This argument seemed to make a strong impression on General Powell, and he called in several senior generals on his staff to listen to our discussion. When he asked, however, what the State Department thought of this argument, I had to admit that they supported the arms embargo on the grounds that lifting it would prolong the war. (In retrospect it seems quite clear that it would have had the opposite effect, since it was the Croatian victory three years later that finally brought the war to an end.)
State Department policy focused instead on providing humanitarian relief to Bosnia. As long as that was the case, General Powell pointed out, American troops delivering food and medicine to Bosnia were exposed, and he did not want to endanger them further by taking sides in an arms supply mission. When I could persuade the State Department, he told me, I should come back to him.
General Powell had a point. For a long and tragic time, Western policy in Bosnia has been hostage to the safety of Western peacekeepers. This was demonstrated most dramatically at the end of May 1995, when the Bosnian Serbs responded to the threat of NATO bombing by kidnapping more than 350 UN peacekeepers and handcuffing them to potential targets. As Lord David Owen acknowledged in his own memoir, the Bosnian Serb commander General Mladic "knew that UN troops were his ultimate safeguard against NATO air power tilting the balance against him."
Moreover, the UN troops proved disastrously incapable of protecting the people they had promised to defend. In July of 1995 General Mladic's troops overran the UN-protected "safe havens" of Srebrenica and Zepa. The result, as Holbrooke recounts, was the massacre of more than seven thousand mostly unarmed Muslims, a horror that "nothing in the war had matched, or ever would match." Srebrenica, he writes, "would become part of the language of the horrors of modern war, alongside Lidice, Oradour, Babi Yar, and the Katyn Forest." And that disaster indeed led directly to the commitment of American ground forces to Bosnia for what is now an open-ended duration.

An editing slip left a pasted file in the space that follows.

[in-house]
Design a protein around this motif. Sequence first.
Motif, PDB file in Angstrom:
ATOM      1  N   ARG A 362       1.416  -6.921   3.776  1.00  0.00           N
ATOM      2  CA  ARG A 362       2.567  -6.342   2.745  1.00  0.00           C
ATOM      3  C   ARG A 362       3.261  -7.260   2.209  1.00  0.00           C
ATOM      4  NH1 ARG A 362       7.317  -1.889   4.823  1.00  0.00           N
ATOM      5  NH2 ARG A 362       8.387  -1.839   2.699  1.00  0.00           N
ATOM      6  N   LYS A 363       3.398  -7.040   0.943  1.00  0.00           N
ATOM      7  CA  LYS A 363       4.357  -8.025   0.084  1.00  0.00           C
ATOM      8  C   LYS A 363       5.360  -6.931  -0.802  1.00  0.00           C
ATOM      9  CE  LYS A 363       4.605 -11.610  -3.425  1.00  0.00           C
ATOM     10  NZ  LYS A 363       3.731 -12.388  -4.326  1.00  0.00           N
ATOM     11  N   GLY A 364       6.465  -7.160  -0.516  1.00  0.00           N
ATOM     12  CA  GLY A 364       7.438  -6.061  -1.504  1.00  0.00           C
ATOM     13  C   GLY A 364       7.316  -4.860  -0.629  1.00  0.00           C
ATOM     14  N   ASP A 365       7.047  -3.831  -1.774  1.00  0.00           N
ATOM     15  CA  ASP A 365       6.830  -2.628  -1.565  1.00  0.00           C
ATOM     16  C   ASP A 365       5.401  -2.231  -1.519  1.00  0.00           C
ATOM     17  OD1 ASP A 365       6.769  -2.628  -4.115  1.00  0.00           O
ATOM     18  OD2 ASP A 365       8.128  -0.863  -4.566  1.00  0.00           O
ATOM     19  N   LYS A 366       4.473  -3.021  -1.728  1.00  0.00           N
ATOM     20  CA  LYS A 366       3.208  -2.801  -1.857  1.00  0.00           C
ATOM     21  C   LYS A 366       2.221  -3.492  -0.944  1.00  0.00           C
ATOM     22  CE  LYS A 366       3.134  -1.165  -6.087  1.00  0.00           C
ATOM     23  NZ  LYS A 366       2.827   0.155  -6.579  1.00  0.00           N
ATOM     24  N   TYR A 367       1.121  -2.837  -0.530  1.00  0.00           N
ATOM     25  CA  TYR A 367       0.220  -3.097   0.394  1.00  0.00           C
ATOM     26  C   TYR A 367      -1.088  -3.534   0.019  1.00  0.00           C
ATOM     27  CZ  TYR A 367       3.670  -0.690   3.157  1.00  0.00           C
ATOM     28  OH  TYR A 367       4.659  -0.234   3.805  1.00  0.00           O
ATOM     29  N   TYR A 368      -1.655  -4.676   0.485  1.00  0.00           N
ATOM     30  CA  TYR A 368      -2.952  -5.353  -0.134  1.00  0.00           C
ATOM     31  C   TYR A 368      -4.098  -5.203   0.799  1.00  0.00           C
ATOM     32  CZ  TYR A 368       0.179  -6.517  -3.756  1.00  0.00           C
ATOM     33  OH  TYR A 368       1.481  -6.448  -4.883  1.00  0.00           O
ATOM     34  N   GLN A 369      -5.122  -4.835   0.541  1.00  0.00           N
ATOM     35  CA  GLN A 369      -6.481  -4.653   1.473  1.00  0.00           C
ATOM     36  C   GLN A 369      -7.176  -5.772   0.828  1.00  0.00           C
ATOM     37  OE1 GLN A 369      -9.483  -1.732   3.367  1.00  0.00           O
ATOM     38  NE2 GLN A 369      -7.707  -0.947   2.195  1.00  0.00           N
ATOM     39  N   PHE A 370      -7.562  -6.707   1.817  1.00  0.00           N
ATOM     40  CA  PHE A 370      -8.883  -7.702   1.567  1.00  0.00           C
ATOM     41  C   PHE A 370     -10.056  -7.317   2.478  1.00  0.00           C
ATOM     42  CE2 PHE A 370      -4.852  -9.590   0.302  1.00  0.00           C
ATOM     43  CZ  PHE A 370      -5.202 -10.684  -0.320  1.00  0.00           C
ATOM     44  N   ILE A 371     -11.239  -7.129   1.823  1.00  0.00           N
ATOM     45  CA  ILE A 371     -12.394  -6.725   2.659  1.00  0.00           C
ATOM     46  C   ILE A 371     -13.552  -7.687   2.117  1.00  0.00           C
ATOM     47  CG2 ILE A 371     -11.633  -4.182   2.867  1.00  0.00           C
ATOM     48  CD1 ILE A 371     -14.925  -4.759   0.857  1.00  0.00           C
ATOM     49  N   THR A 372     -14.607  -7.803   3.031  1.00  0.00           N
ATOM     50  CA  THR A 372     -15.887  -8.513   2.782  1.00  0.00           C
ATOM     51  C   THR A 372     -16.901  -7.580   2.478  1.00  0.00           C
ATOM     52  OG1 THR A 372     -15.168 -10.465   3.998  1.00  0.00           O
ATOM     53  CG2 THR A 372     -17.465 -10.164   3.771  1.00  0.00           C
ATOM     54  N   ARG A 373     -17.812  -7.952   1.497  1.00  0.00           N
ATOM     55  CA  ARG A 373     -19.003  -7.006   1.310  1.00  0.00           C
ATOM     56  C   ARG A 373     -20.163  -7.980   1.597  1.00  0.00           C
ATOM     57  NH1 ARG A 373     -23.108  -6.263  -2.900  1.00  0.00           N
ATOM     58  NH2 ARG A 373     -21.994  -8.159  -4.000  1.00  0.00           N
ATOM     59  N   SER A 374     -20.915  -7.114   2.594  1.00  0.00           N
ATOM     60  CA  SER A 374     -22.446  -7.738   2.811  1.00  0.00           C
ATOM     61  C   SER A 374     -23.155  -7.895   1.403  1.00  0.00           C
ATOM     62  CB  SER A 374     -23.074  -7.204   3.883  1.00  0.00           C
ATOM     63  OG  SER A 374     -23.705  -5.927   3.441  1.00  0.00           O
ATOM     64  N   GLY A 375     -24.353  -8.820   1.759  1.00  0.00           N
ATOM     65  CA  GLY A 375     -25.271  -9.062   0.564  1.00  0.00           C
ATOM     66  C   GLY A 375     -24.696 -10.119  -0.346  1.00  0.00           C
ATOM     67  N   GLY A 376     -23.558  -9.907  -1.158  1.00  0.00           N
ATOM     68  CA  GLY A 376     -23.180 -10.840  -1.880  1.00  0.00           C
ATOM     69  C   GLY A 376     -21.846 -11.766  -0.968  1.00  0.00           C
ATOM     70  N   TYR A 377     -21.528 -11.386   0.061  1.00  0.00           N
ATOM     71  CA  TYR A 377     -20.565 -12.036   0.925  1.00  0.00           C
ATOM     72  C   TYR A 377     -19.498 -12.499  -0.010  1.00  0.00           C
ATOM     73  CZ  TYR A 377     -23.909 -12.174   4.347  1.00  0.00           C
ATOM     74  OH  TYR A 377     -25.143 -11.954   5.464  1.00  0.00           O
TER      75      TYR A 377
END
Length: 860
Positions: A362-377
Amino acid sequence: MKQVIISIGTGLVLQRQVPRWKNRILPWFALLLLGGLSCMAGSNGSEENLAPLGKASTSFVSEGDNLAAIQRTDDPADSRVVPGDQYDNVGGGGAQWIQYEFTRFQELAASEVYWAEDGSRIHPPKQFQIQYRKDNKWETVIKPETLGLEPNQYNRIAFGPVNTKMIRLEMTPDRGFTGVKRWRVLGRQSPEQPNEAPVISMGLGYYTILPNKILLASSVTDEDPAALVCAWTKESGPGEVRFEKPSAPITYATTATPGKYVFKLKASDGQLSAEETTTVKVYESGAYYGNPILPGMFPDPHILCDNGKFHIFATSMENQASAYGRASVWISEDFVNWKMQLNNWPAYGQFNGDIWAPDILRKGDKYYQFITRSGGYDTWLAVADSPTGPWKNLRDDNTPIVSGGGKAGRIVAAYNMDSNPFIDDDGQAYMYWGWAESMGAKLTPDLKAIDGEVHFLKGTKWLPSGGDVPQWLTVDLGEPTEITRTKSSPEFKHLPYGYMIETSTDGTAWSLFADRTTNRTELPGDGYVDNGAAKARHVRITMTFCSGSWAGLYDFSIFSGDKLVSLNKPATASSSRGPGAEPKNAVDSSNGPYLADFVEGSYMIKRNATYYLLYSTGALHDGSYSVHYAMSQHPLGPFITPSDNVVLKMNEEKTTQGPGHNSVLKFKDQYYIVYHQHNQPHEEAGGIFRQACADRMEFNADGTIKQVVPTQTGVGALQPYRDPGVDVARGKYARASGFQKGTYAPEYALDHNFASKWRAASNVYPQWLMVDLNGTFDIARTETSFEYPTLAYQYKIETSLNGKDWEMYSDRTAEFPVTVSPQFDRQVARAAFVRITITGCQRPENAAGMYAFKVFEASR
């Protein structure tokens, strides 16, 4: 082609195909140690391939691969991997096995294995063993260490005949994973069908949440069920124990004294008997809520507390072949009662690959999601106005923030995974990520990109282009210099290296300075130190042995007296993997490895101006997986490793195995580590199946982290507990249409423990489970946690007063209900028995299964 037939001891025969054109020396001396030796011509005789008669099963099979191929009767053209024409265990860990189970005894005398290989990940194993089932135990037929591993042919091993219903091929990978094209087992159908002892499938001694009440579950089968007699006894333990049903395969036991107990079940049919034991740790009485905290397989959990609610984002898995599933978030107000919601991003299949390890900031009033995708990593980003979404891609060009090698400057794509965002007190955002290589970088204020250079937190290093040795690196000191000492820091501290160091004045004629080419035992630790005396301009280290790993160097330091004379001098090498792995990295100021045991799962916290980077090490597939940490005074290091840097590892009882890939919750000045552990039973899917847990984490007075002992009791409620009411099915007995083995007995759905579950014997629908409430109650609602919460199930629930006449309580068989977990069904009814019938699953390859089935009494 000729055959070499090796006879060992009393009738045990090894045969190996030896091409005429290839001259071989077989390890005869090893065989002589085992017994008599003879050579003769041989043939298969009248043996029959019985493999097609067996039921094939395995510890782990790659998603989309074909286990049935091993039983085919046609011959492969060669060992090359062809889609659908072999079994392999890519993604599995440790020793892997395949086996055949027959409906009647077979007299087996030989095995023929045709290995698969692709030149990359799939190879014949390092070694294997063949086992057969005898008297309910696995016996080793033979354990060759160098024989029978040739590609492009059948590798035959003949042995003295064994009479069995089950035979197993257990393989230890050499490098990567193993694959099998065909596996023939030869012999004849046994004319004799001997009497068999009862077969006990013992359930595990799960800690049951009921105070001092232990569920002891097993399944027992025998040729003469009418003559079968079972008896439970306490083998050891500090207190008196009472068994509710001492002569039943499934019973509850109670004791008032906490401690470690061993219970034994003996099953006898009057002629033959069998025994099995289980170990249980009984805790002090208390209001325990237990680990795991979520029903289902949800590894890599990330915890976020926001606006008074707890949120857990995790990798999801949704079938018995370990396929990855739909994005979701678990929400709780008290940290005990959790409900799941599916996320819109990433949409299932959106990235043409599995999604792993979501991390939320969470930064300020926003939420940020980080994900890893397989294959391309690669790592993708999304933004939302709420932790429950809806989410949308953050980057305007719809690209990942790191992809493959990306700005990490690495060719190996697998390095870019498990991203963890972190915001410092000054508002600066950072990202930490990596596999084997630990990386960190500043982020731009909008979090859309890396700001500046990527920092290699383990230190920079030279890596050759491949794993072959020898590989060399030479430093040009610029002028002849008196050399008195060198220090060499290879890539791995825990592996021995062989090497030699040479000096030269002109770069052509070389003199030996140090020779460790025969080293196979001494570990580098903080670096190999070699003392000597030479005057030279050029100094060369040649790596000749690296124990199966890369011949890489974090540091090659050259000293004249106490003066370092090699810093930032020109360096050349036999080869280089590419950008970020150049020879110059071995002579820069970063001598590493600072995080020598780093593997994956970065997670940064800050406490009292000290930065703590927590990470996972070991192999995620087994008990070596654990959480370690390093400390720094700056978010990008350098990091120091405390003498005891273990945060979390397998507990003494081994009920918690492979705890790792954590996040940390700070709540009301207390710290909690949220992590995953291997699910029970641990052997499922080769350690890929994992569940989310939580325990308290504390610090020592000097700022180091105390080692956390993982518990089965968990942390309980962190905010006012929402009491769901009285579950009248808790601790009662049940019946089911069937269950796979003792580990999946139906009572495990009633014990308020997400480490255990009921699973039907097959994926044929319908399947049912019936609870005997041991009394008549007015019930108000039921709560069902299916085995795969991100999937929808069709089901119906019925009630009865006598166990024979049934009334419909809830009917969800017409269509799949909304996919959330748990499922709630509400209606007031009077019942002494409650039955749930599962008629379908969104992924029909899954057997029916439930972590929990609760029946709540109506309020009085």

Long before he became assistant secretary of state for European affairs, Holbrooke developed a deep concern about Bosnia during a trip as a private citizen in August of 1992. Outside his hotel room in Banja Luka he saw Muslims forced to sign papers giving up their property and herded onto buses heading for the border. A few miles outside the city he saw row after row of ruined houses, with an occasional Serb house completely undamaged, evidence of "a systematic pogrom in which Serbs fingered their Muslim neighbors." Powerfully moved by what he saw, and despite warnings from friends that the new Clinton team did not want to hear about Bosnia, Holbrooke sent a memo to Warren Christopher and Anthony Lake one week before Clinton's inauguration, strongly urging both the lifting of the arms embargo and the direct use of American airpower against the Bosnian Serbs.
Several years later, in early 1995, Holbrooke candidly described Bosnia in an article in Foreign Affairs as "the greatest collective security failure of the West since the 1930s." This was bold language for a serving assistant secretary of state, even though Holbrooke claims in this book that he was referring only to the era of the Bush administration, not to events during Clinton's tenure. In point of fact, the only thing that distinguished the inaction of Clinton's first two and a half years from his predecessor's was its hypocrisy, since Clinton had come into office attacking Bush and promising to "make the United States the catalyst for a collective stance against aggression." The worst in Bosnia was still to come later that same year, with the massacres in Srebrenica and Zepa and the complete disgrace of the UN peacekeeping forces. Only in August of 1995, when U.S. and Western policy in Bosnia had reached a low point for all the world to see, was Holbrooke finally launched on the shuttle diplomacy that would culminate in the Dayton Peace Conference.